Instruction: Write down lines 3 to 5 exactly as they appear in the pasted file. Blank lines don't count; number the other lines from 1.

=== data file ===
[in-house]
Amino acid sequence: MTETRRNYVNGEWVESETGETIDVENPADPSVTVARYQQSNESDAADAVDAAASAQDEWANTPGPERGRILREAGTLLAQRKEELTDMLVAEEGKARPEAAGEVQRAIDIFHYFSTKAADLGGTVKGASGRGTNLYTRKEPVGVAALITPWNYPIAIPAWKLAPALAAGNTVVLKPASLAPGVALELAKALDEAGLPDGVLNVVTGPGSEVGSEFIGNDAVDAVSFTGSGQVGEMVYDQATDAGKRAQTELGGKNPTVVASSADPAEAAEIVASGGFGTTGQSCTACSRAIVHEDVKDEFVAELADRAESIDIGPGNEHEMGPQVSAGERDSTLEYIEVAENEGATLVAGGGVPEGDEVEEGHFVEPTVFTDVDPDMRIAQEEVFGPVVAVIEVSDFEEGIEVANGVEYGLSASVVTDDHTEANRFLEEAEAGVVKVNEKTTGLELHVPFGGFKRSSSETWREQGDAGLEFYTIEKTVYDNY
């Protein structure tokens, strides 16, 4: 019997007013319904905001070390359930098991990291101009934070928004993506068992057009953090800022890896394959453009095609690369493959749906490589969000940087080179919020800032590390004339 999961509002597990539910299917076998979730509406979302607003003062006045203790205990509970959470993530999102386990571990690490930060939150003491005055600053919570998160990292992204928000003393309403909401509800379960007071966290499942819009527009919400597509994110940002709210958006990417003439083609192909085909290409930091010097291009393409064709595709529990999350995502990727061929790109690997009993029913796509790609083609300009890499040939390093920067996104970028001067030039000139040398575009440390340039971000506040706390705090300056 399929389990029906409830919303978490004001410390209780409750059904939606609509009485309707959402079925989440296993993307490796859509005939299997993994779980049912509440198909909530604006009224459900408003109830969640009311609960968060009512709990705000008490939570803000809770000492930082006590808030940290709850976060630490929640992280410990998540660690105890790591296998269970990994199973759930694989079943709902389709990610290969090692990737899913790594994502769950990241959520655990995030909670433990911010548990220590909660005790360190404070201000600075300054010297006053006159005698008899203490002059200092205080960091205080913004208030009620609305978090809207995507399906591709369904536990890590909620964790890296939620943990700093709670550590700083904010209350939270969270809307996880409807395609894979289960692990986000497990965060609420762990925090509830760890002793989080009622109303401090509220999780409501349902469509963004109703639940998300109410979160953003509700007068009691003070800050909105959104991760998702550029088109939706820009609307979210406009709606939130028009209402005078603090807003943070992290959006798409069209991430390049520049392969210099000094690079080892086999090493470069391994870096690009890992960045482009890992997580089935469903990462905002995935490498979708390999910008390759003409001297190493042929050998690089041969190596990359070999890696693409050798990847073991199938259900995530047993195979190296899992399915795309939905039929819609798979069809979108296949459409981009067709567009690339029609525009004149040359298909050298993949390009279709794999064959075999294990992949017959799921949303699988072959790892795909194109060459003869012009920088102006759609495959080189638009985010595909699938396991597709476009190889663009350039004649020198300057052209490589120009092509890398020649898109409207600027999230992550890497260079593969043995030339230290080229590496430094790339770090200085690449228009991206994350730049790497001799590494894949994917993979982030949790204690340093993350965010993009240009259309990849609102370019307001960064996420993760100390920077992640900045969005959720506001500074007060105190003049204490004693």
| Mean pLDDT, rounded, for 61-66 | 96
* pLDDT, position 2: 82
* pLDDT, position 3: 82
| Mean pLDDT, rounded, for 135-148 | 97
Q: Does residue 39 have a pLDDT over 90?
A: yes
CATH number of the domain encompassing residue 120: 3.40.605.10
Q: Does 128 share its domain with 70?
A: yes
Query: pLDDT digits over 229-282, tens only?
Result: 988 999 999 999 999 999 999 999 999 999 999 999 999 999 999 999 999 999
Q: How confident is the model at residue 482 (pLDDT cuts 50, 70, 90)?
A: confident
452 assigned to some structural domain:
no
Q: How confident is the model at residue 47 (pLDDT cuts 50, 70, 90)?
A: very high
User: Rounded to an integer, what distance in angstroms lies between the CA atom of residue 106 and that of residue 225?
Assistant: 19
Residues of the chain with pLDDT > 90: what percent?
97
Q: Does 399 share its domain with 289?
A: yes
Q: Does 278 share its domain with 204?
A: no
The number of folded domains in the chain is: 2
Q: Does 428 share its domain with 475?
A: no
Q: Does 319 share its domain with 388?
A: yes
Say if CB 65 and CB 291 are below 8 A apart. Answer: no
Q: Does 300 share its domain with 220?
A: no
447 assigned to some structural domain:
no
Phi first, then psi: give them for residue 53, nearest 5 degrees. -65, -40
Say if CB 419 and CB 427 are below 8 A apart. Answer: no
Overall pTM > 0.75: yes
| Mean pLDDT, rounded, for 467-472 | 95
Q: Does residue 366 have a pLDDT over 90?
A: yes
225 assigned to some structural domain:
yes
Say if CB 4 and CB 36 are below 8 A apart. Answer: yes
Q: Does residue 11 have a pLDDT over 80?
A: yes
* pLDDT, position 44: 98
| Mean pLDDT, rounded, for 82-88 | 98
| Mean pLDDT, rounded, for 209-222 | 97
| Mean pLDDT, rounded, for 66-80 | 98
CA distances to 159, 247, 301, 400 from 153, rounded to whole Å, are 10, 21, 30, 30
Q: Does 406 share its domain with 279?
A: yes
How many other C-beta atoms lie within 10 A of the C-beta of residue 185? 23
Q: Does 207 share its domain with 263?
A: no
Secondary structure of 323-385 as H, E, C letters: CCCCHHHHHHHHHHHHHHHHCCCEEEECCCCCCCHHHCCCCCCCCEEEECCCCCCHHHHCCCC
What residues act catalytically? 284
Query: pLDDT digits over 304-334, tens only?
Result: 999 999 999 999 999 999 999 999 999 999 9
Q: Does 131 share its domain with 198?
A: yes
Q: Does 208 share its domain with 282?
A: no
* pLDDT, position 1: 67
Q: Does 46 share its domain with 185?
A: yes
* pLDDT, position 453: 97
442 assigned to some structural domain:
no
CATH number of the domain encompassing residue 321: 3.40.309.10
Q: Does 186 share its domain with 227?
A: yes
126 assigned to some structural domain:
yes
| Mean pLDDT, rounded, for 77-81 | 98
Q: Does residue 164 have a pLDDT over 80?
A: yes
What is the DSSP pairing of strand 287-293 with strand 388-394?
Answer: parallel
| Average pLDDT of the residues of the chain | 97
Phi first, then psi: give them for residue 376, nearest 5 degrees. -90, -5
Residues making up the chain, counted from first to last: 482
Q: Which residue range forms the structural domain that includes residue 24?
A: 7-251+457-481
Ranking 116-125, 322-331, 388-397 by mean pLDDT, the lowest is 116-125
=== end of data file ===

């Protein structure tokens, strides 16, 4: 019997007013319904905001070390359930098991990291101009934070928004993506068992057009953090800022890896394959453009095609690369493959749906490589969000940087080179919020800032590390004339 999961509002597990539910299917076998979730509406979302607003003062006045203790205990509970959470993530999102386990571990690490930060939150003491005055600053919570998160990292992204928000003393309403909401509800379960007071966290499942819009527009919400597509994110940002709210958006990417003439083609192909085909290409930091010097291009393409064709595709529990999350995502990727061929790109690997009993029913796509790609083609300009890499040939390093920067996104970028001067030039000139040398575009440390340039971000506040706390705090300056 399929389990029906409830919303978490004001410390209780409750059904939606609509009485309707959402079925989440296993993307490796859509005939299997993994779980049912509440198909909530604006009224459900408003109830969640009311609960968060009512709990705000008490939570803000809770000492930082006590808030940290709850976060630490929640992280410990998540660690105890790591296998269970990994199973759930694989079943709902389709990610290969090692990737899913790594994502769950990241959520655990995030909670433990911010548990220590909660005790360190404070201000600075300054010297006053006159005698008899203490002059200092205080960091205080913004208030009620609305978090809207995507399906591709369904536990890590909620964790890296939620943990700093709670550590700083904010209350939270969270809307996880409807395609894979289960692990986000497990965060609420762990925090509830760890002793989080009622109303401090509220999780409501349902469509963004109703639940998300109410979160953003509700007068009691003070800050909105959104991760998702550029088109939706820009609307979210406009709606939130028009209402005078603090807003943070992290959006798409069209991430390049520049392969210099000094690079080892086999090493470069391994870096690009890992960045482009890992997580089935469903990462905002995935490498979708390999910008390759003409001297190493042929050998690089041969190596990359070999890696693409050798990847073991199938259900995530047993195979190296899992399915795309939905039929819609798979069809979108296949459409981009067709567009690339029609525009004149040359298909050298993949390009279709794999064959075999294990992949017959799921949303699988072959790892795909194109060459003869012009920088102006759609495959080189638009985010595909699938396991597709476009190889663009350039004649020198300057052209490589120009092509890398020649898109409207600027999230992550890497260079593969043995030339230290080229590496430094790339770090200085690449228009991206994350730049790497001799590494894949994917993979982030949790204690340093993350965010993009240009259309990849609102370019307001960064996420993760100390920077992640900045969005959720506001500074007060105190003049204490004693």
| Mean pLDDT, rounded, for 61-66 | 96
* pLDDT, position 2: 82